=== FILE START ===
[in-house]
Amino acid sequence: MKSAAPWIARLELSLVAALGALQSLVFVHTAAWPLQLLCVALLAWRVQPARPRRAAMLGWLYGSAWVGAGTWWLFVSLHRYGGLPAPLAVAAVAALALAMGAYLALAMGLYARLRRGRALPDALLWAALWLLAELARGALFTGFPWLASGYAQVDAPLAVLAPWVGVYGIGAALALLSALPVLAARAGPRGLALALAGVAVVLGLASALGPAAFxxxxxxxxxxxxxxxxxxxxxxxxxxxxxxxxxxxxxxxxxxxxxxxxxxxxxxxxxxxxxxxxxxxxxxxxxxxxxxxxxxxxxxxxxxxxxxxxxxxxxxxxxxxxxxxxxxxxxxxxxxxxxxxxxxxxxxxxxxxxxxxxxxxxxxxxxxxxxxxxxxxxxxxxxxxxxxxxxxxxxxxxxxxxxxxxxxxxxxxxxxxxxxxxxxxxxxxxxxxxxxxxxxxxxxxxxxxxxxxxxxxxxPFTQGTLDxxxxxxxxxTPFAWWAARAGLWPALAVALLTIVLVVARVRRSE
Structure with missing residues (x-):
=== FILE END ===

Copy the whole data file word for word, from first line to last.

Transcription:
[in-house]
Amino acid sequence: MKSAAPWIARLELSLVAALGALQSLVFVHTAAWPLQLLCVALLAWRVQPARPRRAAMLGWLYGSAWVGAGTWWLFVSLHRYGGLPAPLAVAAVAALALAMGAYLALAMGLYARLRRGRALPDALLWAALWLLAELARGALFTGFPWLASGYAQVDAPLAVLAPWVGVYGIGAALALLSALPVLAARAGPRGLALALAGVAVVLGLASALGPAAFxxxxxxxxxxxxxxxxxxxxxxxxxxxxxxxxxxxxxxxxxxxxxxxxxxxxxxxxxxxxxxxxxxxxxxxxxxxxxxxxxxxxxxxxxxxxxxxxxxxxxxxxxxxxxxxxxxxxxxxxxxxxxxxxxxxxxxxxxxxxxxxxxxxxxxxxxxxxxxxxxxxxxxxxxxxxxxxxxxxxxxxxxxxxxxxxxxxxxxxxxxxxxxxxxxxxxxxxxxxxxxxxxxxxxxxxxxxxxxxxxxxxxPFTQGTLDxxxxxxxxxTPFAWWAARAGLWPALAVALLTIVLVVARVRRSE
Structure with missing residues (x-):